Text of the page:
World Library  
Flag as Inappropriate
Email this Article


Article Id: WHEBN0001921114
Reproduction Date:

Title: Dabar  
Author: World Heritage Encyclopedia
Language: English
Subject: Rhema, Zachlumia, Logos, Peruća Lake, Kotor
Publisher: World Heritage Encyclopedia


A Hebrew Bible page (Aleppo Codex), 10th century.

The word dabar means "word" or "talk" in Hebrew.[1] [2] Dabar occurs in various contexts in the Hebrew Bible.

In the Hebrew Bible, dabar is sometimes used in reference to the "Divine Word", and in an active sense as a "word event", or prophetic words.[3]

In Christianity, the Old Testament concept of "word event" represented by dabar carries over to the New Testament where revelation can be seen as events explained by words.[4] Hence in the New Testament the word dabar continues to be more than a mere sound, or a doctrine, but refers to people and actions, reaching its climax in the Incarnation of Jesus.[5]

The Septuagint, the oldest translation of the Hebrew Bible into Greek uses the terms Rhema and Logos as equivalents and uses both for dabar.[6][7]

See also


  1. ^ Ancient World: Reader by Ralph D. Winter 2006 ISBN 0-87808-557-2 page 185 [8]
  2. ^ The etymology and syntax: (in continuation of the elements) of the Hebrew Language by Hyman Hurwitz 1841 ASIN B0008AHQPO page 13 [9]
  3. ^ Old Testament Theology by Horst Dietrich Preuss, Leo G. Perdue 1996 ISBN 0-664-21843-1 page 81 [10]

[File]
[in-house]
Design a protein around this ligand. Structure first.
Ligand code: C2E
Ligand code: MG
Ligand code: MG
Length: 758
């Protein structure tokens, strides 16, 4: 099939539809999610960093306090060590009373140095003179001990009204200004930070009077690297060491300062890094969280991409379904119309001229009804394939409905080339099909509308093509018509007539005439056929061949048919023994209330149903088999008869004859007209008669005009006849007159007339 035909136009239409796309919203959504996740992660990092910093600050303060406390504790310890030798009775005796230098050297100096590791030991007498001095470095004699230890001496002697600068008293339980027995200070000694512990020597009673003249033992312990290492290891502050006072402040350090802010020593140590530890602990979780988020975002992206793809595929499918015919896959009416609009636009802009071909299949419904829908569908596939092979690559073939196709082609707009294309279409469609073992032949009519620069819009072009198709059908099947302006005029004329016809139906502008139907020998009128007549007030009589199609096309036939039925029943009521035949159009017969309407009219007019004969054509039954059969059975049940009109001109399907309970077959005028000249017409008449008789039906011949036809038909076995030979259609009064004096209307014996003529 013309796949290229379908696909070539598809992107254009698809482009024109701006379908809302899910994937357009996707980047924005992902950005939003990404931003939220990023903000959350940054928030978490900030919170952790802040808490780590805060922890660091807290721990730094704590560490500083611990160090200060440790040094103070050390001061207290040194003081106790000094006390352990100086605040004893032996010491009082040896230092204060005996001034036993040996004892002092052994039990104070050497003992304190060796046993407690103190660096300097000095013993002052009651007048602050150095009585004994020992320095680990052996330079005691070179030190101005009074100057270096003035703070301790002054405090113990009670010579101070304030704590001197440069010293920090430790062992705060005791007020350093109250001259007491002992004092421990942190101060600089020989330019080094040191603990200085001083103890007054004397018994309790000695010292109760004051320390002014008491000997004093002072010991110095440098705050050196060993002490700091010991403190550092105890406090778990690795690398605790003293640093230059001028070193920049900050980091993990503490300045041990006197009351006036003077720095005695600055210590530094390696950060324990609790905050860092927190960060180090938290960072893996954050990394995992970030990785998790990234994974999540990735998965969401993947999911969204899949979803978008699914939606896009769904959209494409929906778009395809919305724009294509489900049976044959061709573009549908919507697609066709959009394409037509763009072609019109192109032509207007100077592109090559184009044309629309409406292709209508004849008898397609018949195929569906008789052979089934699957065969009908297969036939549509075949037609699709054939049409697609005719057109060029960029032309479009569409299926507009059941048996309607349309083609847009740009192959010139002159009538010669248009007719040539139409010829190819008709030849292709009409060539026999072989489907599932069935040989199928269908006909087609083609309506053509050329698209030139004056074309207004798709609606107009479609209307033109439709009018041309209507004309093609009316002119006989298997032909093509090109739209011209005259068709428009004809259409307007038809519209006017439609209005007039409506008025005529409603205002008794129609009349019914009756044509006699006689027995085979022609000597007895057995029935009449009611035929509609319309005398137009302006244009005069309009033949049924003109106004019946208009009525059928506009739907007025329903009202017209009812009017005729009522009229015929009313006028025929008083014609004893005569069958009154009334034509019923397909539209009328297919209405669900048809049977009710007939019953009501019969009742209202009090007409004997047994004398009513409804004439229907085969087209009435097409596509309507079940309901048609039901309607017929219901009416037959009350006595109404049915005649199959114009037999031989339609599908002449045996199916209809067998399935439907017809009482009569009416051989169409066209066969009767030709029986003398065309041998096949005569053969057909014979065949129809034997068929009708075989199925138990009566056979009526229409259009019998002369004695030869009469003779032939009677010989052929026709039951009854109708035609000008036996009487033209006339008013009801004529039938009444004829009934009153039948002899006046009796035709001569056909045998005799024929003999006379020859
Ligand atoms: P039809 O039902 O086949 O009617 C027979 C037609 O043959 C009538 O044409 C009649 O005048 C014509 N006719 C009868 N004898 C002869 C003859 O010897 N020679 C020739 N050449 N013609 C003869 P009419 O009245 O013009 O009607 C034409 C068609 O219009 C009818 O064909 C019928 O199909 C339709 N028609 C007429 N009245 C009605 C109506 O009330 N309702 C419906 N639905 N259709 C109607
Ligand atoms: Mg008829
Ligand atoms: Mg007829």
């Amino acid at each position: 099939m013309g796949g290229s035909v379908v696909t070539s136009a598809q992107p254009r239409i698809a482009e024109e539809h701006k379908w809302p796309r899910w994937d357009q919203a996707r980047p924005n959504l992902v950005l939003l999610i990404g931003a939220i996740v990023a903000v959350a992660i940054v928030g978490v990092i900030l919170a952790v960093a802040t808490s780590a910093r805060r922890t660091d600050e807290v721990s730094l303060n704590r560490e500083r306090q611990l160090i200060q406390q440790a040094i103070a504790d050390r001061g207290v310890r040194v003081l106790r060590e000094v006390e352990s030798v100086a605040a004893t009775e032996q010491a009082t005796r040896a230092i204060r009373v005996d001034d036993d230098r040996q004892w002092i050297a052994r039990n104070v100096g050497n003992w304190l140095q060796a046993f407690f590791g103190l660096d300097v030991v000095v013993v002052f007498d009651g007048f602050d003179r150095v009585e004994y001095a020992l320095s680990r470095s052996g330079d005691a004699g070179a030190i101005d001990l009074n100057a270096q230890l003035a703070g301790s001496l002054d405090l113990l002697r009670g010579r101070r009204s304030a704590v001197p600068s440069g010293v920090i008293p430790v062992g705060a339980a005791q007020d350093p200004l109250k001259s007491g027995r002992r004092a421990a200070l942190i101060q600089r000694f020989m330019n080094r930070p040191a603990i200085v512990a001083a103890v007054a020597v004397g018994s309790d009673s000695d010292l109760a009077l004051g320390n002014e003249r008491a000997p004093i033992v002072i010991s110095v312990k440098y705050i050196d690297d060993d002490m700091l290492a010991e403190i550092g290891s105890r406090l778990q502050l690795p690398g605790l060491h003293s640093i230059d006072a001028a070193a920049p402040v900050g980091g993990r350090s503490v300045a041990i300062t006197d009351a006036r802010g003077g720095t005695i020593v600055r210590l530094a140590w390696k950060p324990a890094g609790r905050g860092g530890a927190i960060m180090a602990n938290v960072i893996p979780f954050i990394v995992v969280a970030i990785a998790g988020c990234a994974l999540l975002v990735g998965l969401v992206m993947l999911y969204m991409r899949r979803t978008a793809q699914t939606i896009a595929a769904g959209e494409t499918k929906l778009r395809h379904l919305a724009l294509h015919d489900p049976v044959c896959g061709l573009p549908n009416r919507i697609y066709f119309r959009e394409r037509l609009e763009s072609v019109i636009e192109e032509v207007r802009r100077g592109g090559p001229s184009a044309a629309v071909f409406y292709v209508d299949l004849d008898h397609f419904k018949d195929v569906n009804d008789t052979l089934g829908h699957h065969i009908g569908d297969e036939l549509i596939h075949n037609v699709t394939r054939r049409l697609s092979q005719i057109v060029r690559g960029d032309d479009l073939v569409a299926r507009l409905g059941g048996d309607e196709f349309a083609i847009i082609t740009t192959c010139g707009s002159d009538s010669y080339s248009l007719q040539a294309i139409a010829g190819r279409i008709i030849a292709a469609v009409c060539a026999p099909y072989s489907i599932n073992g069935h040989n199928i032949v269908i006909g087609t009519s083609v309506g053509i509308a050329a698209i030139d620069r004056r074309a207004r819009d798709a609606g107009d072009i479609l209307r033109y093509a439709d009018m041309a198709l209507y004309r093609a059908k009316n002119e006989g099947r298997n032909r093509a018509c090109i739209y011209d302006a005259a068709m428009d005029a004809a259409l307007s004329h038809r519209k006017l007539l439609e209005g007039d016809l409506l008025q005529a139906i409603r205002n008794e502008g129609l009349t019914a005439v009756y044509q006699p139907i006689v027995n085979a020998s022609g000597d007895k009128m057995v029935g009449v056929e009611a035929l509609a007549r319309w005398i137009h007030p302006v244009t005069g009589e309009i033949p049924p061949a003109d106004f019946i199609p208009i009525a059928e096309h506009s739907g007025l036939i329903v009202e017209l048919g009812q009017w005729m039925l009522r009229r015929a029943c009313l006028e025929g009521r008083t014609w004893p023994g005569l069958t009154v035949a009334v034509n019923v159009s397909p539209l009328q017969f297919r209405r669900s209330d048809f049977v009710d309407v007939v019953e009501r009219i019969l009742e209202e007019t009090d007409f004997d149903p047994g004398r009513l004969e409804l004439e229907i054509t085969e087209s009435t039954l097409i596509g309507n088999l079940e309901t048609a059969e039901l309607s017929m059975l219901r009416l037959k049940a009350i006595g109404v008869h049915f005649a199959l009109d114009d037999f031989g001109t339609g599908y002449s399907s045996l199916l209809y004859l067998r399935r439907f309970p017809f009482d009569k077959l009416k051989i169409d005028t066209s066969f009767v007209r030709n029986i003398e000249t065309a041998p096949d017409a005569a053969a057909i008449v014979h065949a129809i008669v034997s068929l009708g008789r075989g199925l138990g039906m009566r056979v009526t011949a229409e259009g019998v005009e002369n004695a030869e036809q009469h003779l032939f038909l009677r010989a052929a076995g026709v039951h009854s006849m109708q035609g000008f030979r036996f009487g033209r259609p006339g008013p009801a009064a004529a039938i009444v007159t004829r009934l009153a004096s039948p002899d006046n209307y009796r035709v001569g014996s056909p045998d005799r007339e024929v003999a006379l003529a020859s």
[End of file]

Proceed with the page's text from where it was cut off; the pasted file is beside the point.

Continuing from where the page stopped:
4. ^ Christian tradition today by Jeffrey C. K. Goh 2004 ISBN 90-429-0937-4 page 303 [11]
  5. ^ Christian theological understanding of other religions by John Berchmans Barla 1999 ISBN 88-7652-819-9 page 76 [12]
  6. ^ Theological dictionary of the New Testament, Volume 1 by Gerhard Kittel, Gerhard Friedrich, Geoffrey William Bromiley 1985 ISBN 0-8028-2404-8 page 508 [13]
  7. ^ The International Standard Bible Encyclopedia: Q-Z by Geoffrey W. Bromiley 1995 ISBN 0-8028-3784-0 page 1102 [14]
This article was sourced from Creative Commons Attribution-ShareAlike License; additional terms may apply. World Heritage Encyclopedia content is assembled from numerous content providers, Open Access Publishing, and in compliance with The Fair Access to Science and Technology Research Act (FASTR), Wikimedia Foundation, Inc., Public Library of Science, The Encyclopedia of Life, Open Book Publishers (OBP), PubMed, U.S. National Library of Medicine, National Center for Biotechnology Information, U.S. National Library of Medicine, National Institutes of Health (NIH), U.S. Department of Health & Human Services, and, which sources content from all federal, state, local, tribal, and territorial government publication portals (.gov, .mil, .edu). Funding for and content contributors is made possible from the U.S. Congress, E-Government Act of 2002.
Crowd sourced content that is contributed to World Heritage Encyclopedia is peer reviewed and edited by our editorial staff to ensure quality scholarly research articles.
By using this site, you agree to the Terms of Use and Privacy Policy. World Heritage Encyclopedia™ is a registered trademark of the World Public Library Association, a non-profit organization.

Copyright © World Library Foundation. All rights reserved. eBooks from Project Gutenberg are sponsored by the World Library Foundation,
a 501c(4) Member's Support Non-Profit Organization, and is NOT affiliated with any governmental agency or department.